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Paschal Lamb

You’d think after forty days of depriving yourself of decent human comestibles–pizza, hot dogs, souvlaki, turkey and Swiss sandwiches–you’d think my mother would have something decent prepared.  Something like roast beef or chicken with potatoes in the oven, pasticho or mousaka, but NO! Thanks to some dumb Greek tradition that got passed down from the time of goat-herding peasants, we had to have “swamp soup,” otherwise known as “magiritsa.”  This was the official meal for breaking the Lenten fast.  It was a lettuce stew with bits of cow or goat liver and other portions of coagulated beef fat floating around it in a milky-white, lemony consistency of white rice and a smackering of dill trees that always got stuck in between your teeth when you swallowed.  We HATED this concoction.  “Please, mommy, can you make us lamb instead?” we beg our mother to no avail.

“What’s Pascha without magiritsa?” was her response.  “All Greek families have magiritsa to break the fast. My family did, their family before them did it, the family before them did it, all the way down to the first Greeks–Adam and Eve. Sit down and eat your magiritsa!”

Feta made it go down a bit more delightfully so we would crumble it on top and fish out the morsels with a tablespoon.    Except for the “kefalaki.”  Half-way into the meal, my father, the glutton at the head of the table would remember, “Bre gia fere to kefalaki.”  The “kefalaki” was the intact skull of the goat or lamb my mother would boil into a consomme, brain, eyeballs, and all.  My mother would get up, fish out the goat’s head from the long stock pot, place it on a long platter arrange slices of lemon around it and deliver it with pomp to the center of the table within my father’s easy reach.  My father would give a short clap with his hands and rub his palms together before plunging his fork and knife into the goat’s head.  His face in ecstatic excitement, would lighten up as he’d quote the famous line from the Karagiozi shadow puppet theater, “Tha fame, tha poume, kai nistiki tha kimithoume.”  The agony of watching my father slurp up the bits of brain in the lamb skull with relish  added to our general repulsion for magiritsa.  There were pieces of that goat floating all over our soup!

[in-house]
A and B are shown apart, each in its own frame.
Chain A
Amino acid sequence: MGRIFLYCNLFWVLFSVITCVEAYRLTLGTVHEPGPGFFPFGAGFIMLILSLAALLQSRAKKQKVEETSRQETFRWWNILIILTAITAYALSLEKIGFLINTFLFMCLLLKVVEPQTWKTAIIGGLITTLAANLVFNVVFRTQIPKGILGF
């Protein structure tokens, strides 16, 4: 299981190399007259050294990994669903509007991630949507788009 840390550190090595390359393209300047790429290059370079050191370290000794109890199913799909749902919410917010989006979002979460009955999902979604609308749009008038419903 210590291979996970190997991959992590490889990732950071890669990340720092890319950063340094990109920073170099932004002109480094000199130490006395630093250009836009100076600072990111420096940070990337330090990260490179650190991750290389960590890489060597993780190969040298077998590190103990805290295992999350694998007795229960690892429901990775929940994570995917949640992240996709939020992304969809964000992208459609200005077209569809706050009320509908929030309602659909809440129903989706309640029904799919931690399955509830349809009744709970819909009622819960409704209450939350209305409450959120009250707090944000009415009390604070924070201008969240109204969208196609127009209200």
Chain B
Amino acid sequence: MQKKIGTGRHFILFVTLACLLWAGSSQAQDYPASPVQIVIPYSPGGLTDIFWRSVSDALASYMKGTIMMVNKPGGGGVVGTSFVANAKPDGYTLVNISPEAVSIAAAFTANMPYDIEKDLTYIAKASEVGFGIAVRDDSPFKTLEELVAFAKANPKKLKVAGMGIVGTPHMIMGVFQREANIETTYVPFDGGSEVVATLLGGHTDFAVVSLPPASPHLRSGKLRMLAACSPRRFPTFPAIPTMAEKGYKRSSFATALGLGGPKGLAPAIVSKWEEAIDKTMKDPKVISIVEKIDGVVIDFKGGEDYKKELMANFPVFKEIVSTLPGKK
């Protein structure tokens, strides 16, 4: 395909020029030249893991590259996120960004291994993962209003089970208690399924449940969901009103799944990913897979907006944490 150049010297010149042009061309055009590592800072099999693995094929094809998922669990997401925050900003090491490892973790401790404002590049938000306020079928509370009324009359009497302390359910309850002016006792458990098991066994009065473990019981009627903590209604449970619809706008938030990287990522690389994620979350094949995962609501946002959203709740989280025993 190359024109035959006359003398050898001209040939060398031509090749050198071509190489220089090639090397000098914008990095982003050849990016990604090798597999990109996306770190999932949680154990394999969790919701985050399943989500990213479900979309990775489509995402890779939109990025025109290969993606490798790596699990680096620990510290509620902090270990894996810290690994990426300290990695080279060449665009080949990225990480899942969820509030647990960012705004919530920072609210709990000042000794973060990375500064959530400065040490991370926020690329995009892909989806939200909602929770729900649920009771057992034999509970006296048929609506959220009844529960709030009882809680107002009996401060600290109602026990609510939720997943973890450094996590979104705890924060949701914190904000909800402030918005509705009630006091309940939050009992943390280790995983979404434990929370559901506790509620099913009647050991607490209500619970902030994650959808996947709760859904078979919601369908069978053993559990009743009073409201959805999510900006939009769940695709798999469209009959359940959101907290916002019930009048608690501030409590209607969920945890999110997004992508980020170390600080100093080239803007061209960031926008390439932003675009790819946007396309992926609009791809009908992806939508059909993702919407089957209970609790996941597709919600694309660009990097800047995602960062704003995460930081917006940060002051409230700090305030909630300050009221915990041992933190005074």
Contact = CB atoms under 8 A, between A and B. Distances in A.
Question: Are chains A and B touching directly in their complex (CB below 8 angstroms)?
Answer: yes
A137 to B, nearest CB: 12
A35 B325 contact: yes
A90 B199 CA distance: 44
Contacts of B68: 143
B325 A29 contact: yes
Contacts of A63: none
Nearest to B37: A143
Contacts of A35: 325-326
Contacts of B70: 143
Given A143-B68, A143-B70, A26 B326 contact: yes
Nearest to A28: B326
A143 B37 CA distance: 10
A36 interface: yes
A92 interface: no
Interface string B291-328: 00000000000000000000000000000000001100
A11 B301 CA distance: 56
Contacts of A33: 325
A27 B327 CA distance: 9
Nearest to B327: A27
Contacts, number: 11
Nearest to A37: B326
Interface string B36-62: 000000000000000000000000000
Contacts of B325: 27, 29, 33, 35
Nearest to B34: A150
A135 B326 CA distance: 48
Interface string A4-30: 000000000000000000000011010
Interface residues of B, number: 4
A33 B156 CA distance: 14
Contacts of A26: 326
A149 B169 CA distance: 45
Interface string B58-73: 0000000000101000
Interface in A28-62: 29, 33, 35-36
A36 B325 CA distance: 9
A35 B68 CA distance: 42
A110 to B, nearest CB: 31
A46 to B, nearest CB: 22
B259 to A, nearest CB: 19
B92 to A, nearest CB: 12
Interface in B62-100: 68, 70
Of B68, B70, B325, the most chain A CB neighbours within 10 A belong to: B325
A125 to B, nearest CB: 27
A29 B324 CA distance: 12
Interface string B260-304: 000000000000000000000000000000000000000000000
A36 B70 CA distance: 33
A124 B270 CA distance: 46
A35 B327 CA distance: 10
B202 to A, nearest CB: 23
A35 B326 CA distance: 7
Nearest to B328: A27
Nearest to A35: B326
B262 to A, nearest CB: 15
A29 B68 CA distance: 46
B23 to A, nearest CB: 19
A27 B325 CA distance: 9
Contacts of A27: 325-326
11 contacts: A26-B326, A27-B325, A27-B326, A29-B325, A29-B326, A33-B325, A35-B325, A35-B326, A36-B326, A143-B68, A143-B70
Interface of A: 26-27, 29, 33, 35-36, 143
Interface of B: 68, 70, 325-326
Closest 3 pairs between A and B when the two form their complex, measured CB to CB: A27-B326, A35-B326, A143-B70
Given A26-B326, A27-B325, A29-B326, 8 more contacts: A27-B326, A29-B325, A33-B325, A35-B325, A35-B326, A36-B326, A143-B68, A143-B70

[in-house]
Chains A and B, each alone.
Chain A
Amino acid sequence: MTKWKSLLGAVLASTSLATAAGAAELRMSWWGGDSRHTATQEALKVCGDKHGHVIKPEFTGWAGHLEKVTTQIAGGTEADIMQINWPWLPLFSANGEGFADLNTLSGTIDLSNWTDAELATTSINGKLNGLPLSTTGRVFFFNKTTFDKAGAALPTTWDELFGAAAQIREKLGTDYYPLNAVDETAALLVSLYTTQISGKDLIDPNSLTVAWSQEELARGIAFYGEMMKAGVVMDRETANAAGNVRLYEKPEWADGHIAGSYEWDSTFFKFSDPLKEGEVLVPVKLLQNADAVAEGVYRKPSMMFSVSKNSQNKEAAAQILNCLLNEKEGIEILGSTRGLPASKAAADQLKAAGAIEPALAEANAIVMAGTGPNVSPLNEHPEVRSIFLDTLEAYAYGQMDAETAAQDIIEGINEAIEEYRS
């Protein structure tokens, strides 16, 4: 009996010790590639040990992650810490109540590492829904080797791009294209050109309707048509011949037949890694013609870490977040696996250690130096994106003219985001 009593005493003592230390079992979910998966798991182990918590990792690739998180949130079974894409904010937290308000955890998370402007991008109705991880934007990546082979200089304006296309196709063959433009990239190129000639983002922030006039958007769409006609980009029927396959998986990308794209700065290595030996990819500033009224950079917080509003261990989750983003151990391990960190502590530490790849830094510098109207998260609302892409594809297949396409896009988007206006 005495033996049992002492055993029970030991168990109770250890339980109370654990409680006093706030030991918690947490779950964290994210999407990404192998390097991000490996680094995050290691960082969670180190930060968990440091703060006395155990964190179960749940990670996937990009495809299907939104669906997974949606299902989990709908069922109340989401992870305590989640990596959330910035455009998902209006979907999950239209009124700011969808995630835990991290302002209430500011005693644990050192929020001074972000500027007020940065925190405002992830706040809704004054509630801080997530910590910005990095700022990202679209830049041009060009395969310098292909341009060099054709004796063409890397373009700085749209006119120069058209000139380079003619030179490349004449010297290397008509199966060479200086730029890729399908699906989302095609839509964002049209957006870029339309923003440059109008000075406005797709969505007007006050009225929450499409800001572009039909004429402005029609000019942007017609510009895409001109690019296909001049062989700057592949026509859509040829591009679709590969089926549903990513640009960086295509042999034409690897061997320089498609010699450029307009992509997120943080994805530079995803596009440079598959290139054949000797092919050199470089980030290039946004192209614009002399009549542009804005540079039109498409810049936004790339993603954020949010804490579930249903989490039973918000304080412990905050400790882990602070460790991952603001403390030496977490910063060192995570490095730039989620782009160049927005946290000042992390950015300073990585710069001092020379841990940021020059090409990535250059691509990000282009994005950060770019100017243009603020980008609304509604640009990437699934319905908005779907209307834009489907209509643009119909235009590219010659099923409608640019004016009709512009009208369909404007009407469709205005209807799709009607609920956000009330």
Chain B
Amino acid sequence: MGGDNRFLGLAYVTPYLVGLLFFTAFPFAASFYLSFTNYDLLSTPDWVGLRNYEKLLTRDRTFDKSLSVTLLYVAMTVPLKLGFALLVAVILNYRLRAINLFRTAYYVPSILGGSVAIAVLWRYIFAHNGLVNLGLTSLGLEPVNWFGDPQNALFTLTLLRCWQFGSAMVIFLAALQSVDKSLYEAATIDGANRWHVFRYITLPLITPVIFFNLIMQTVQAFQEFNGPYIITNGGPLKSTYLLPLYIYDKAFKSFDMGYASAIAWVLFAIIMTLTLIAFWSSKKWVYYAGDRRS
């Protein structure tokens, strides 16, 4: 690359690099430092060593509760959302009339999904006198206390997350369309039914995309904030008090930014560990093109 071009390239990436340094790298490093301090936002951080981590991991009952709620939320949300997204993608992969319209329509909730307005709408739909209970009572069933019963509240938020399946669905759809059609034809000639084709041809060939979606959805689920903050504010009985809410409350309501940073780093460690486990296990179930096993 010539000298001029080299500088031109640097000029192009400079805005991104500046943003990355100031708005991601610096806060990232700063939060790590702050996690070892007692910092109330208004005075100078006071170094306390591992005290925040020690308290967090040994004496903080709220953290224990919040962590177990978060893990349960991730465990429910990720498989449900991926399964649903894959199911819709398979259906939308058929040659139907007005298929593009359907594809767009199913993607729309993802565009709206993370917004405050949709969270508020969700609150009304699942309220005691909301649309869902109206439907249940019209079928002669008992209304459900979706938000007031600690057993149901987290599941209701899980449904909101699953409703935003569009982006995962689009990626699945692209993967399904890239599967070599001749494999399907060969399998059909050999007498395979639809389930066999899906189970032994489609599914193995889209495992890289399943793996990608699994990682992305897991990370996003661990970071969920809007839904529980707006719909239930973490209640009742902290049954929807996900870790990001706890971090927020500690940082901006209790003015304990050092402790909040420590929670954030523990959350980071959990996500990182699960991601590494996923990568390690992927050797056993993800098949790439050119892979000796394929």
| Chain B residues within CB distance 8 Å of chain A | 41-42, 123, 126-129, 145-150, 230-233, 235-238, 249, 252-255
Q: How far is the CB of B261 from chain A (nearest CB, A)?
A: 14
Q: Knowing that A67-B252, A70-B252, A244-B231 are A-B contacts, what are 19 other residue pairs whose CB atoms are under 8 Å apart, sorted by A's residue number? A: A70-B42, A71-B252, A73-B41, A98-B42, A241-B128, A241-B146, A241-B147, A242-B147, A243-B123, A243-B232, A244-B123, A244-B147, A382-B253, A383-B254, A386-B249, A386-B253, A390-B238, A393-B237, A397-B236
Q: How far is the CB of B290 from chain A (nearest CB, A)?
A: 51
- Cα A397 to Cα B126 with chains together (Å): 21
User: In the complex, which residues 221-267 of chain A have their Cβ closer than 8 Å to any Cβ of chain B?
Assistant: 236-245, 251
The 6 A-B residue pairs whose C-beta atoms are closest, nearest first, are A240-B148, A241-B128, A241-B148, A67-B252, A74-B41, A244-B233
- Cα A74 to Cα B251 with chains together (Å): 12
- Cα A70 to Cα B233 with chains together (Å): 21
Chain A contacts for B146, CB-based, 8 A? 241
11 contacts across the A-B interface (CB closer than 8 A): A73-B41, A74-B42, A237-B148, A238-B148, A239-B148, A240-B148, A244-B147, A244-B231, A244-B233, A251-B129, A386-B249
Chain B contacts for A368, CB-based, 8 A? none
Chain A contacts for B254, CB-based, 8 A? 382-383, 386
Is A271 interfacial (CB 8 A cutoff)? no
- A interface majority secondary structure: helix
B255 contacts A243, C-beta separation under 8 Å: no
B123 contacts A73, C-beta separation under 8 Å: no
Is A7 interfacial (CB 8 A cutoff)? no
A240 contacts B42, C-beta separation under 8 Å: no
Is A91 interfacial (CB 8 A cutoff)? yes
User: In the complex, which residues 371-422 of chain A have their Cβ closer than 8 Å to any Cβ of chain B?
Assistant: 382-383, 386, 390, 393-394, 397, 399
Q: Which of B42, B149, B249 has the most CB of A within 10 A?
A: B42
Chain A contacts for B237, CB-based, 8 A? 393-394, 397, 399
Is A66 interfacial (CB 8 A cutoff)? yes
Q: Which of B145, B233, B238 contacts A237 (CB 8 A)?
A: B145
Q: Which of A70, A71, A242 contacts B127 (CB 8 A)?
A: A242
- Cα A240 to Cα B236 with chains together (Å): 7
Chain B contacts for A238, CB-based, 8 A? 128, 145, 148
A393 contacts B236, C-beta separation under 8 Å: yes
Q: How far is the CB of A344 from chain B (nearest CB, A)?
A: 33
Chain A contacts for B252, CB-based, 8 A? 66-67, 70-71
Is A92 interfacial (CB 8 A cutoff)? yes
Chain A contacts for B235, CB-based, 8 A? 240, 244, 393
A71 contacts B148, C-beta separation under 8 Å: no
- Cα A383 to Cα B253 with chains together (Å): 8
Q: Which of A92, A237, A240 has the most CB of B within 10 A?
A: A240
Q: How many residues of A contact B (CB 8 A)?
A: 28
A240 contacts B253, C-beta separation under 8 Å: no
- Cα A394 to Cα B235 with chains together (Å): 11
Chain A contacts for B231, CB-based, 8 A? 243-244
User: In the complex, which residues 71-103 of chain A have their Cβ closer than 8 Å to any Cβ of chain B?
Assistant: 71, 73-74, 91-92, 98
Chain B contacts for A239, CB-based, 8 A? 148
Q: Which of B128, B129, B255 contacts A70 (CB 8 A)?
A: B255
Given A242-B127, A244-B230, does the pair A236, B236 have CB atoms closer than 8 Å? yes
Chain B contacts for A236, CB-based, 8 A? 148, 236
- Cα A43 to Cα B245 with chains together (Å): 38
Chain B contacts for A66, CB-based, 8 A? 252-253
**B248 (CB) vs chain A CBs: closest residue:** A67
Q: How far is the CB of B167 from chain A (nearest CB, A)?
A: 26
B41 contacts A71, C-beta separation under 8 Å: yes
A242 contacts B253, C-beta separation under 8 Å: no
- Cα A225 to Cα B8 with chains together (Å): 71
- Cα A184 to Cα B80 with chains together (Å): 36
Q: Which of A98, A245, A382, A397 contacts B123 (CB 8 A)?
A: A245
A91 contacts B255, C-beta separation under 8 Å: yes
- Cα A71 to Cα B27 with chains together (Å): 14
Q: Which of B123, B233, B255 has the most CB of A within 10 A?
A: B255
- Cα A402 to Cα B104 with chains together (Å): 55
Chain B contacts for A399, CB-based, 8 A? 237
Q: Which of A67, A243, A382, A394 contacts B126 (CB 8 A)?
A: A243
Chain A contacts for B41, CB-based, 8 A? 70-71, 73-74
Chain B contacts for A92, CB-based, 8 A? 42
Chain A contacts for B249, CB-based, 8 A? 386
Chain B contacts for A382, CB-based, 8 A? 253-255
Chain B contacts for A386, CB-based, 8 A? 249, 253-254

We churned the stew, upturning the hidden contents on the bottom to the top, scrutinizing any suspect pieces of meat.  Could that purplish gooey piece be the poor thing’s liver or pancreas?  Jigsaw anatomy.

“Fate, fate, paidia, ligo kefalaki. Eine to kalitero meros tou katsikgiou,” our father would inspire us to take a piece of the brains.  “Remember, the more mialo you eat, the more smart you be,” he argued.

“Ochi eucharisto Baba,” each one would say in turn. My father, we were convinced, was a barbarian. In case of a severe famine, we would have to make sure to go into hiding. He would have no problem digging into our brains and sucking it in.  Those stories of gods devouring their children whole did not come from nowhere.  Short of us being forced fed, we escaped the Paschal meal by swallowing ten tablespoons of swamp soup after which we had free reign of Koulourakia and Kourambgedes.